The relationship between dietary magnesium intake, stroke and its major risk factors, blood pressure and cholesterol, in the EPIC-Norfolk cohort

  • L.K.M. B
  • P.K. M
  • A. J
 et al. 
  • 4

    Readers

    Mendeley users who have this article in their library.
  • N/A

    Citations

    Citations of this article.

Abstract

Background Dietary magnesium could modify the major stroke risk factors, high blood pressure (BP) and cholesterol, but has been understudied in both sexes in a single population. This study aimed to investigate if dietary magnesium intake was associated with BP, total cholesterol (TC) and incident stroke risk in an adult population. Methods We conducted cross-sectional analyses in a case-cohort study of 4443, men and women aged 40-75, representative of 25,639 participants years of the EPIC (European Prospective Investigation into Cancer)-Norfolk cohort. The cohort included 928 stroke cases (42,556.5 person years). Dietary data from 7 day food diaries were analysed using multivariate regression to assess associations between quintiles or data-derived categories of dietary magnesium intake and BP, TC and stroke risk, adjusted for relevant confounders. Results We observed differences of - 7 mm Hg systolic BP (P trend ≤ 0.01) and - 3.8 mm Hg diastolic BP (P trend = 0.01) between extreme intakes of magnesium in men, a significant inverse association with TC was observed (P trend = 0.02 men and 0.04 women). Compared to the bottom 10%, the top 30% of magnesium intake was associated with a 41% relative reduction in stroke risk (HR 0.59; 95% CI 0.38-0.93) in men. Conclusions Lower dietary magnesium intake was associated with higher BP and stroke risk, which may have implications for primary prevention.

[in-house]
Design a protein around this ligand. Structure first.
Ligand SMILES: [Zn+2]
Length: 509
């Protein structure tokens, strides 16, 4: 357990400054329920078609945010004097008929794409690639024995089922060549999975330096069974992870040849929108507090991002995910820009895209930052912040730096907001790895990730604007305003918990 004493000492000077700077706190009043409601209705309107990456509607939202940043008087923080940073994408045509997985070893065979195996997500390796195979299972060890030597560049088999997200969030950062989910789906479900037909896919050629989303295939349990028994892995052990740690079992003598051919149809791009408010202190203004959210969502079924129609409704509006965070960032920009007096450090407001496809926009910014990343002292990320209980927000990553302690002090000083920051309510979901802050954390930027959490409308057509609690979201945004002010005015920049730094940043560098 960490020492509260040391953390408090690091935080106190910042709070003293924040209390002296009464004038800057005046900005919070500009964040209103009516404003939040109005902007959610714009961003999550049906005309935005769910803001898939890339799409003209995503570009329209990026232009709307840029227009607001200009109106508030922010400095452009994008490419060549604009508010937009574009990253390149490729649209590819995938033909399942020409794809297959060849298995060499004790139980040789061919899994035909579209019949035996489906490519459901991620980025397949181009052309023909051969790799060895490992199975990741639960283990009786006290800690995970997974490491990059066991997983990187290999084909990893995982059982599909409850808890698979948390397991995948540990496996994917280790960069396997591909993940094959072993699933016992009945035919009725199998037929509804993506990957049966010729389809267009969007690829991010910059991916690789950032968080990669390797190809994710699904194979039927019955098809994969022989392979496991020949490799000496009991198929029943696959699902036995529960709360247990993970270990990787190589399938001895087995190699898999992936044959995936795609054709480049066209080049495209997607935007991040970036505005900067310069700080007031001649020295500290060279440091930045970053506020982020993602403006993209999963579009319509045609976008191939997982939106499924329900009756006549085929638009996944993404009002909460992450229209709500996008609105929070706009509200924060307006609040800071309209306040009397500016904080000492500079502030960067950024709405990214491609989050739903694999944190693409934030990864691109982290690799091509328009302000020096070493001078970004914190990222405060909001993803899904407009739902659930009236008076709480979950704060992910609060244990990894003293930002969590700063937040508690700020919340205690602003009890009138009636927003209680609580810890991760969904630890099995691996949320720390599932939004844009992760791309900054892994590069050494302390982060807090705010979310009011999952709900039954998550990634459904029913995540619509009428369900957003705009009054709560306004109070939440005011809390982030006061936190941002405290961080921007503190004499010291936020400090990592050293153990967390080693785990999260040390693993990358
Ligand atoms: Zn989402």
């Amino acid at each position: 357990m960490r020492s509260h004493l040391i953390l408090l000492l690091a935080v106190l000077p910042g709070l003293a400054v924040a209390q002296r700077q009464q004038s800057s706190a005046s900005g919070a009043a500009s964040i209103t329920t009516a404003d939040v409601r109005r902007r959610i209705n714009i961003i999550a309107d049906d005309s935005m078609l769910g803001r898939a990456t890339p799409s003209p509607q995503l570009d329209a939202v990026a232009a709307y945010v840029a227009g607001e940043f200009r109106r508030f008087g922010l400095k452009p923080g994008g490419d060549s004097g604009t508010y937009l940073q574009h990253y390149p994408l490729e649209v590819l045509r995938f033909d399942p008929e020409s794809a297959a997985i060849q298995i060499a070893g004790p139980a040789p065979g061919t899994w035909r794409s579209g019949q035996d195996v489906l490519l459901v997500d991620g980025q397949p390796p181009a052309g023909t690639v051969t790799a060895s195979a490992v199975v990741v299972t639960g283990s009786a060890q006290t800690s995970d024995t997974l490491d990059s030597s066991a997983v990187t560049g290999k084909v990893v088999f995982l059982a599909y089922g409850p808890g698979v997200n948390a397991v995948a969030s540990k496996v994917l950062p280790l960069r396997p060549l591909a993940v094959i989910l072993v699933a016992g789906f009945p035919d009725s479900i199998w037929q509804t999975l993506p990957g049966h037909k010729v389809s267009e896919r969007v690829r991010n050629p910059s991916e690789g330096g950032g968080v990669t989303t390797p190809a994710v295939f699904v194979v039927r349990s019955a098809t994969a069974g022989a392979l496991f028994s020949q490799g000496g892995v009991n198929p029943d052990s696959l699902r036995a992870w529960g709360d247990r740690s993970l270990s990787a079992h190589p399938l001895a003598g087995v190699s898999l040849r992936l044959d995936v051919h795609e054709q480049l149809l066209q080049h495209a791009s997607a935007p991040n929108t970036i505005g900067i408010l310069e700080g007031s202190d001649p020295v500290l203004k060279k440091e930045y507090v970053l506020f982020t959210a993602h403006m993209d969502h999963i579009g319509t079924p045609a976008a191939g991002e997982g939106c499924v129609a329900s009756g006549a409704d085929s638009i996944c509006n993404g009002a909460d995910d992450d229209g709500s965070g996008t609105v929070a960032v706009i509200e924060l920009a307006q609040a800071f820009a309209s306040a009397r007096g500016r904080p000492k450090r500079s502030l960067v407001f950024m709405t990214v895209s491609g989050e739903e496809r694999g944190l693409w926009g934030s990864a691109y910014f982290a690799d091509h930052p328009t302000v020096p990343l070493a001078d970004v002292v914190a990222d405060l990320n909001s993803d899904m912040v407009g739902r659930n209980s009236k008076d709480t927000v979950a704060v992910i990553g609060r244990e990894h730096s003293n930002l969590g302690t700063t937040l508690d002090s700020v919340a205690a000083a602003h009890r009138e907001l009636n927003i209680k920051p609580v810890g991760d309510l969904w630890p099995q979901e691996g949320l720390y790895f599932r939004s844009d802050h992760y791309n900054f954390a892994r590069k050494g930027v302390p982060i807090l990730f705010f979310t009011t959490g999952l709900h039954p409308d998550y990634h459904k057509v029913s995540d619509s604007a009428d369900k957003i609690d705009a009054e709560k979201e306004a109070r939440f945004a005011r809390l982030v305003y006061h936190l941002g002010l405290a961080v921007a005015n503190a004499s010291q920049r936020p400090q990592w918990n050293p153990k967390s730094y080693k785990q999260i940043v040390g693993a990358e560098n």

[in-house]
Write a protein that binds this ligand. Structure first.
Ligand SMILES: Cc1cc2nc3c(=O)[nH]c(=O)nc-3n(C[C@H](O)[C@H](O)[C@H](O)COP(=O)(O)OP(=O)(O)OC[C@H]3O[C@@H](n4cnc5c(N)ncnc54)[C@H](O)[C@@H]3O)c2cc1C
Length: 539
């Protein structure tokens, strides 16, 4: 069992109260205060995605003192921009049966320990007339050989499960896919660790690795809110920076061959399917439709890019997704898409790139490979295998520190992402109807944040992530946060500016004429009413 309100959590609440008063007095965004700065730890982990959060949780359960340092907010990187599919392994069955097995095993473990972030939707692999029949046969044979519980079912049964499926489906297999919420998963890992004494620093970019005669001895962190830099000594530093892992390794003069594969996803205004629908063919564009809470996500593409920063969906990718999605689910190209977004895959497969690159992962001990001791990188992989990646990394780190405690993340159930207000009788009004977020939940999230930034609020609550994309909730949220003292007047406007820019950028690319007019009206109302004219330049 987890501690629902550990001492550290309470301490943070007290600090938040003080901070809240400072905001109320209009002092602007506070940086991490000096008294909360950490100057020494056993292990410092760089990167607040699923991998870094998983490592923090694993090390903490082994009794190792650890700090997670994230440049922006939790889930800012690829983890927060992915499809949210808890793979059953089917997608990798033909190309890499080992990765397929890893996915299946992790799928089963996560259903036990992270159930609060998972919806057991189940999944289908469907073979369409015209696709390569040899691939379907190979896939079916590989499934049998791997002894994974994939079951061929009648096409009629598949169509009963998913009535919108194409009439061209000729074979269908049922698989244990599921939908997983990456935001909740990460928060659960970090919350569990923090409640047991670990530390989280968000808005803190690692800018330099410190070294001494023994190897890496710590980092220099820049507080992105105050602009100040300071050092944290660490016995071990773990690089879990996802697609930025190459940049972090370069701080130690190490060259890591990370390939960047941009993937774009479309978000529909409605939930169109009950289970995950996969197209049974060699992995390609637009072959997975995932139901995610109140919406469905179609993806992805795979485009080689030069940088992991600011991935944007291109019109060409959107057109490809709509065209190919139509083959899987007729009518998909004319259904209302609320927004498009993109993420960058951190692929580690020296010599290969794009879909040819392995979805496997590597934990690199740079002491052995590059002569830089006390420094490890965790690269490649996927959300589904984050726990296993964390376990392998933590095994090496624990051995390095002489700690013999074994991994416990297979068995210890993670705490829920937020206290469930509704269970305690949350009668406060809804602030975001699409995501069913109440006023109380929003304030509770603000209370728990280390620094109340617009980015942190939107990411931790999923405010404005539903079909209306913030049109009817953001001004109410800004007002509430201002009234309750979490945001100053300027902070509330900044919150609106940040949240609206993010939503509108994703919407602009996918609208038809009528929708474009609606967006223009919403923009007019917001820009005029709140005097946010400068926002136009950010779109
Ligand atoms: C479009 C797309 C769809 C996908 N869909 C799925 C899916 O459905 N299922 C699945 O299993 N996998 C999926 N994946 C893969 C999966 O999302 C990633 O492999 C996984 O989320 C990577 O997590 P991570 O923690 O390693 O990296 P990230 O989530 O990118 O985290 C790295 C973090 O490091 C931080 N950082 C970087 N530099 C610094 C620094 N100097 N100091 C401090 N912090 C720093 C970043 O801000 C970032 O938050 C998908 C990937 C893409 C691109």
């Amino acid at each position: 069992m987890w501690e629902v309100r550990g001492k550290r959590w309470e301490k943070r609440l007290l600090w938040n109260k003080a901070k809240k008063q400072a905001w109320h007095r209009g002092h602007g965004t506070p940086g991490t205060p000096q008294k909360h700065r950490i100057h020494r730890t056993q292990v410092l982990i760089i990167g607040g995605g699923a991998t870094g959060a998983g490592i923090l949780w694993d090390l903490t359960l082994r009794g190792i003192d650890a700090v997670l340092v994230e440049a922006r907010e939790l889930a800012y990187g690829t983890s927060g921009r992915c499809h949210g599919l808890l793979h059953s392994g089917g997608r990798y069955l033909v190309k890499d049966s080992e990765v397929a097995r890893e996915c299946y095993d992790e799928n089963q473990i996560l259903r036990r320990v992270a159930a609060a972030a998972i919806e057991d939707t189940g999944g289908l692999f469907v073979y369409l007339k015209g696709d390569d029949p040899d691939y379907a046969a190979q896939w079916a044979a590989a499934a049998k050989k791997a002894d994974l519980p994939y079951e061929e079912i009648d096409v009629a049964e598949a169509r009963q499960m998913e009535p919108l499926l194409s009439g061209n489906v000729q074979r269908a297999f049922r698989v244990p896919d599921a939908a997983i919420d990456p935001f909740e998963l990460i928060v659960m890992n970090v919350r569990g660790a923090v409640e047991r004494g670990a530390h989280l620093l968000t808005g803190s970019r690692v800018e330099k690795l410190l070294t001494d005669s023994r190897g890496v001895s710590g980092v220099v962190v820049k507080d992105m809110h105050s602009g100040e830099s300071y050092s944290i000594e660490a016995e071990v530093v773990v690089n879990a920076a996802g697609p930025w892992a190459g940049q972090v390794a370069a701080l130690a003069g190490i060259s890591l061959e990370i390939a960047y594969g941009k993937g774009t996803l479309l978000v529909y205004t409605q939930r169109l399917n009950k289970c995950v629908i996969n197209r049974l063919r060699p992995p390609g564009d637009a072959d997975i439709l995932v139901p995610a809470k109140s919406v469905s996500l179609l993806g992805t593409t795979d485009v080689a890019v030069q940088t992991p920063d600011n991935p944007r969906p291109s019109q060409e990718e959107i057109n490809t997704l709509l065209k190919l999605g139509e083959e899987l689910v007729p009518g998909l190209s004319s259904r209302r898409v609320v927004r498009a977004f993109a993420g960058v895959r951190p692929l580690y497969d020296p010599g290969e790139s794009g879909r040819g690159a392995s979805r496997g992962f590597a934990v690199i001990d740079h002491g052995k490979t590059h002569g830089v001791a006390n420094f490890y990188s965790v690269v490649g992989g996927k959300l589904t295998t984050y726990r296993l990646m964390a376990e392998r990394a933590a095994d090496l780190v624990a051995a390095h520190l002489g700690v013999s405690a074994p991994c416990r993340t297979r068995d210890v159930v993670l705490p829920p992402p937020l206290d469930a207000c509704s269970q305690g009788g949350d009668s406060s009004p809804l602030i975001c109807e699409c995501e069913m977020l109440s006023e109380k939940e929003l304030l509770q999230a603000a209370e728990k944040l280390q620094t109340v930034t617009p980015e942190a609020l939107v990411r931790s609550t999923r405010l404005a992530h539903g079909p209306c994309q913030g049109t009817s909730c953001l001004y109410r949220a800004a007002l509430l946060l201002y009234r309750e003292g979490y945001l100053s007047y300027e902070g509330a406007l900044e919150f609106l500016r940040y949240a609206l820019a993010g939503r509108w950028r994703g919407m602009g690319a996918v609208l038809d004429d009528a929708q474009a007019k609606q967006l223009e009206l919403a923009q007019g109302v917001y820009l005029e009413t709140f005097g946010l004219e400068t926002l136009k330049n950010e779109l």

Author-supplied keywords

  • adult
  • aged
  • article
  • blood pressure
  • body mass
  • cerebrovascular accident
  • cholesterol
  • cholesterol blood level
  • cohort analysis
  • cross-sectional study
  • diastolic blood pressure
  • disease association
  • drug use
  • educational status
  • female
  • follow up
  • gender
  • human
  • hypertension
  • magnesium intake
  • major clinical study
  • male
  • patient risk
  • physical activity
  • primary prevention
  • priority journal
  • risk factor
  • risk reduction
  • sensitivity analysis
  • smoking
  • systolic blood pressure

Get free article suggestions today

Mendeley saves you time finding and organizing research

Sign up here
Already have an account ?Sign in

Authors

  • Bain L.K.M.

  • Myint P.K.

  • Jennings A.

  • Lentjes M.A.H.

  • Luben R.N.

  • Khaw K.-T.

Cite this document

Choose a citation style from the tabs below

Save time finding and organizing research with Mendeley

Sign up for free